Please add Engineering Notation with exponents only divisible by 3. As a PhD Research Engineer, I find this far easier to use in quickly comparing values than Scientific Notation. See Wolfram Engineering Notation.
https://mathworld.wolfram.com/EngineeringNotation.html
"Engineering Notation
Engineering notation is a version of scientific notation in which the exponent p in expressions of the form a×10^p is chosen to always be divisible by 3. Numbers of forms such as 12×10^(-6), 230×10^(-3), 340, and 4.5×10^3 therefore correspond to engineering notation, while numbers such as 12×10^(-2), 2×10^2, and 123×10^5 do not.
16 of the 20 SI prefixes (excluding centi-, deci-, deka-, and hecto-) correspond to engineering notation.
Engineering notation is sometimes written using "E notation," which represents for example 3.0×10^9 as 3.0E9 or 3.0e-9. Here, the E or e is shorthand for 10^... and should not be confused with the base of the natural logarithm e.
Care must be taken when attempting to infer significant digits from numbers expressed in engineering notation. For example, while 3.0×10^5 unambiguously indicates two significant digits in scientific notation, the number of significant digits in 300×10^3 is not clear, with the only obvious way to indicate significance being to write the number in the awkward form 0.30×10^6."
Please add Engineering Notation with exponents only divisible by 3. As a PhD Research Engineer, I find this far easier to use in quickly comparing values than Scientific Notation. See Wolfram Engineering Notation.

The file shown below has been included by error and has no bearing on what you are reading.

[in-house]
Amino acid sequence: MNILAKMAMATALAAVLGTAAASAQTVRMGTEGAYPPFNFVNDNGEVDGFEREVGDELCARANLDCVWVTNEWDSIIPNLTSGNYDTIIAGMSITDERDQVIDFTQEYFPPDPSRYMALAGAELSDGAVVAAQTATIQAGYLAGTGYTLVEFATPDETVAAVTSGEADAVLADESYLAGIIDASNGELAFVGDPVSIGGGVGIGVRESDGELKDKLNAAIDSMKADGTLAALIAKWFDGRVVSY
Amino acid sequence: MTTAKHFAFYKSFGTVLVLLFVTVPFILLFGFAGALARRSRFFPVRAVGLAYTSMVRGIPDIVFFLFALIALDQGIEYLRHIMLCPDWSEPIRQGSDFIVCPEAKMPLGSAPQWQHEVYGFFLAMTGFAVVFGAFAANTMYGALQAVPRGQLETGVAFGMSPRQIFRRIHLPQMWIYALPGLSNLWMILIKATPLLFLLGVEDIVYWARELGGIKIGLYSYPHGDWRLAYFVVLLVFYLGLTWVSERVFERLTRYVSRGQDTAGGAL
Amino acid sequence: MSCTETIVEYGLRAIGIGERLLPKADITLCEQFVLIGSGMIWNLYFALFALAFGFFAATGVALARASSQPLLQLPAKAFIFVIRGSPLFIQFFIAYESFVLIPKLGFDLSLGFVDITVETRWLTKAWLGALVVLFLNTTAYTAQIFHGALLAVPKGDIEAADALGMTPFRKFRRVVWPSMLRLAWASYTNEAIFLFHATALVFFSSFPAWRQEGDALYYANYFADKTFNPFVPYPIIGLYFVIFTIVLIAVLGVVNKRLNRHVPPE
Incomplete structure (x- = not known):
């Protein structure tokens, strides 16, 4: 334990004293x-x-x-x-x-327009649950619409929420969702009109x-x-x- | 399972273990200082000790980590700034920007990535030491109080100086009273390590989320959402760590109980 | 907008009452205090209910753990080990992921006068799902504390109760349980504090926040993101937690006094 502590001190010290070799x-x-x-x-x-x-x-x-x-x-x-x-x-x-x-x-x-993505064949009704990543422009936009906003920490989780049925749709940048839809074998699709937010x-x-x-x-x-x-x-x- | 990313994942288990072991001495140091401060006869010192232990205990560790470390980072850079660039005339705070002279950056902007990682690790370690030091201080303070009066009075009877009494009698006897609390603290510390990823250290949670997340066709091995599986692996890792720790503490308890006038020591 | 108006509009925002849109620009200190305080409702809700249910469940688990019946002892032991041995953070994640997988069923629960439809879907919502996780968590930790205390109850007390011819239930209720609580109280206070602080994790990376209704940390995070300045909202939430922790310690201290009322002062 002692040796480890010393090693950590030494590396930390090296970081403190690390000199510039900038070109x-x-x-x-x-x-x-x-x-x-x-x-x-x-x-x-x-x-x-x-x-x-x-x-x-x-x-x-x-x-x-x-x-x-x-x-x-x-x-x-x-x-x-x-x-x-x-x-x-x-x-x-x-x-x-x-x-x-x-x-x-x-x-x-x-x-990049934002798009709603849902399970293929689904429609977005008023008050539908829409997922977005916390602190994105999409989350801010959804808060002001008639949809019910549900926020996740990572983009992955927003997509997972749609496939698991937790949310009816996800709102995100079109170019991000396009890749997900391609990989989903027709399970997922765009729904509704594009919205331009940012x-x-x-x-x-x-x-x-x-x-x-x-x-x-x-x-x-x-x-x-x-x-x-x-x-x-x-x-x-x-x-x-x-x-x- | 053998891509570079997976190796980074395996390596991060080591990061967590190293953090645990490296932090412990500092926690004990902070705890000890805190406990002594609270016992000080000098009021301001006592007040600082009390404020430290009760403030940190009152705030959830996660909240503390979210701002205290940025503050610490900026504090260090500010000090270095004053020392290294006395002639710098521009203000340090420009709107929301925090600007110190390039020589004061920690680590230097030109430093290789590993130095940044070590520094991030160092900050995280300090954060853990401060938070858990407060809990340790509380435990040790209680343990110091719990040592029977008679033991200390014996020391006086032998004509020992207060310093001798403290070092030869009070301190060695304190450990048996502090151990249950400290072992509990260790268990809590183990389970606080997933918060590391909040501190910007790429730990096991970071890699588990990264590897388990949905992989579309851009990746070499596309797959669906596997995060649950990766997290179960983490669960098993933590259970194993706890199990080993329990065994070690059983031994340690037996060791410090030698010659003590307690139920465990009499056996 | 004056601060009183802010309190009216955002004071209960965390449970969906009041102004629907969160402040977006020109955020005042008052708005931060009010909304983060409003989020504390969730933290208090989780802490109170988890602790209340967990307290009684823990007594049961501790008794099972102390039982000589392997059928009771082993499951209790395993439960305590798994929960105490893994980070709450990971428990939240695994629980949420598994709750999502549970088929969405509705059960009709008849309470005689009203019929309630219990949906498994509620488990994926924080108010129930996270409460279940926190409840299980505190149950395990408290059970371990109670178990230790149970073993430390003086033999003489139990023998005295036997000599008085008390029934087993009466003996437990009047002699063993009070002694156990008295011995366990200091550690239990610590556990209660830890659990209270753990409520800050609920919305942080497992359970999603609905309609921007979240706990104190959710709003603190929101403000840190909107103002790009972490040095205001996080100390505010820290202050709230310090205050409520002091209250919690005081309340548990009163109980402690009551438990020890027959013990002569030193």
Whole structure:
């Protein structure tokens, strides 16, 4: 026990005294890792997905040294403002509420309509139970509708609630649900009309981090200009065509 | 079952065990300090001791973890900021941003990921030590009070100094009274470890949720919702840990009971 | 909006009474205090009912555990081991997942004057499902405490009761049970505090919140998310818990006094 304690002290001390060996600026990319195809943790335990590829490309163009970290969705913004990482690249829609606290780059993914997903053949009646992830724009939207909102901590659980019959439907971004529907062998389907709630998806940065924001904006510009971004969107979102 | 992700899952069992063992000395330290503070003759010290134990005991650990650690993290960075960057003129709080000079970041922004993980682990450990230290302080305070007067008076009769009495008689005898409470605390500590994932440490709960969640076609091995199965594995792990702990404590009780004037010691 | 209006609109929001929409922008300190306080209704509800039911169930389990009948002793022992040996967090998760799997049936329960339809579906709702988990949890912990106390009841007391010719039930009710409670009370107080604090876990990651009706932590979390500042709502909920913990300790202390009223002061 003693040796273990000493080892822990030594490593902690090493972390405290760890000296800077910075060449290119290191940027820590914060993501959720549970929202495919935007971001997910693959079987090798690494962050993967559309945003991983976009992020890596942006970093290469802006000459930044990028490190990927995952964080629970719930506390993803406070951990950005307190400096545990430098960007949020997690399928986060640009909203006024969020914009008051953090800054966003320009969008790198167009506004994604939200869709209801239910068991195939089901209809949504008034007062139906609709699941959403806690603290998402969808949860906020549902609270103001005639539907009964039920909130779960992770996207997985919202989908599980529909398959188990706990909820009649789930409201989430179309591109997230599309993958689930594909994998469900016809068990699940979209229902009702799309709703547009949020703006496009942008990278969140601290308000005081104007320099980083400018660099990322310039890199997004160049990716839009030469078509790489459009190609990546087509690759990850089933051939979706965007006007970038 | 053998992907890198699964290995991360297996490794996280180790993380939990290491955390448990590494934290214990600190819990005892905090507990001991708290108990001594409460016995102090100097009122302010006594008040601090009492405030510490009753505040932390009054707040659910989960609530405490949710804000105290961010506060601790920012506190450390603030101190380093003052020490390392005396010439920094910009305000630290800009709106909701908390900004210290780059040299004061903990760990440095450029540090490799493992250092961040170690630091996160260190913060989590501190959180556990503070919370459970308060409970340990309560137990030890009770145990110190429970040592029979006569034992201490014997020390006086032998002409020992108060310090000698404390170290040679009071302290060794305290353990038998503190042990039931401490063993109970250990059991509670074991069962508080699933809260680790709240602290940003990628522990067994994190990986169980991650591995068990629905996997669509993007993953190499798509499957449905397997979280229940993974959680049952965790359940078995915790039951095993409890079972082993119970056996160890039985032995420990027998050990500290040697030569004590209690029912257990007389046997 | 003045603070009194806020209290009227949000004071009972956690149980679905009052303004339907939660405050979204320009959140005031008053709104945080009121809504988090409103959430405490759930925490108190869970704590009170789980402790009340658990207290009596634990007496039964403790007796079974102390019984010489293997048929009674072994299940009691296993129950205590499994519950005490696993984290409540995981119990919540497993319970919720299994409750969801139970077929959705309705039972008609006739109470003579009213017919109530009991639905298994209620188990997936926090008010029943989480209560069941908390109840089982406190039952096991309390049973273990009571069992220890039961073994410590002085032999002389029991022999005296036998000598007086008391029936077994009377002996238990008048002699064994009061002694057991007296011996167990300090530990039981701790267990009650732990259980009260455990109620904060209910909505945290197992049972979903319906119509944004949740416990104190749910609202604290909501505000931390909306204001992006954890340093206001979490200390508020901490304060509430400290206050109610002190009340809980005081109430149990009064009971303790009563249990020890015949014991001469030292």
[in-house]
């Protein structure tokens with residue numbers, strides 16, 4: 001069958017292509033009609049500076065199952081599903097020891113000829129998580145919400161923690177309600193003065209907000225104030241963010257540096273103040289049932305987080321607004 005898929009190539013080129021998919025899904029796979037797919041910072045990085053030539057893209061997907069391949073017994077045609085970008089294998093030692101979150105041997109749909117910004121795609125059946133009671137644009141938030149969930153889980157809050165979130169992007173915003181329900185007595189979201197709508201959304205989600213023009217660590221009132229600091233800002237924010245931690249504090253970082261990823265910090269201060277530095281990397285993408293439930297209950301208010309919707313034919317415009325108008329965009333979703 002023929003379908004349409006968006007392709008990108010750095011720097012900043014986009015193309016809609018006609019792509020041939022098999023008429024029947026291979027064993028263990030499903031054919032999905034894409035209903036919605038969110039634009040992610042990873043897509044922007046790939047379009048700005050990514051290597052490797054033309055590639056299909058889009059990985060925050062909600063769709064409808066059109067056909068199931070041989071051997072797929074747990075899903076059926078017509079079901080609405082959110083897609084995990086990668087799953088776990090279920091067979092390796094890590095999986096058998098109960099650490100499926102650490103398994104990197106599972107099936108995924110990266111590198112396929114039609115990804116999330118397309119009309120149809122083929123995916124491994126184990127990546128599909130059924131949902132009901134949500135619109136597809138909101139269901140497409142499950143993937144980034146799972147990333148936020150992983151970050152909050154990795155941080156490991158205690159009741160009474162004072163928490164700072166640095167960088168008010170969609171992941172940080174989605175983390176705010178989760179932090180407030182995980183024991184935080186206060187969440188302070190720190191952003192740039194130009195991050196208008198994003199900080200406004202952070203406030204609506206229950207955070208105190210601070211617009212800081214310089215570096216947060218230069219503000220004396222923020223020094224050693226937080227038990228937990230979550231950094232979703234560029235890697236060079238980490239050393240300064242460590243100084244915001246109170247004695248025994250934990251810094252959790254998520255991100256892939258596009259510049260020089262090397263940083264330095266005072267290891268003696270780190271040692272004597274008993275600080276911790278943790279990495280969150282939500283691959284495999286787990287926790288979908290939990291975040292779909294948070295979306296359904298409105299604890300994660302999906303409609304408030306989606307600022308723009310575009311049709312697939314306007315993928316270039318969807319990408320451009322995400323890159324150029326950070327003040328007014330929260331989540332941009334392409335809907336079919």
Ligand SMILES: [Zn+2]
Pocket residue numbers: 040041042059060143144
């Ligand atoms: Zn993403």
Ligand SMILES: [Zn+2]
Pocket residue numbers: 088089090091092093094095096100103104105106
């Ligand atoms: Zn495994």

https://mathworld.wolfram.com/EngineeringNotation.html
"Engineering Notation
Engineering notation is a version of scientific notation in which the exponent p in expressions of the form a×10^p is chosen to always be divisible by 3. Numbers of forms such as 12×10^(-6), 230×10^(-3), 340, and 4.5×10^3 therefore correspond to engineering notation, while numbers such as 12×10^(-2), 2×10^2, and 123×10^5 do not.
16 of the 20 SI prefixes (excluding centi-, deci-, deka-, and hecto-) correspond to engineering notation.
Engineering notation is sometimes written using "E notation," which represents for example 3.0×10^9 as 3.0E9 or 3.0e-9. Here, the E or e is shorthand for 10^... and should not be confused with the base of the natural logarithm e.
Care must be taken when attempting to infer significant digits from numbers expressed in engineering notation. For example, while 3.0×10^5 unambiguously indicates two significant digits in scientific notation, the number of significant digits in 300×10^3 is not clear, with the only obvious way to indicate significance being to write the number in the awkward form 0.30×10^6."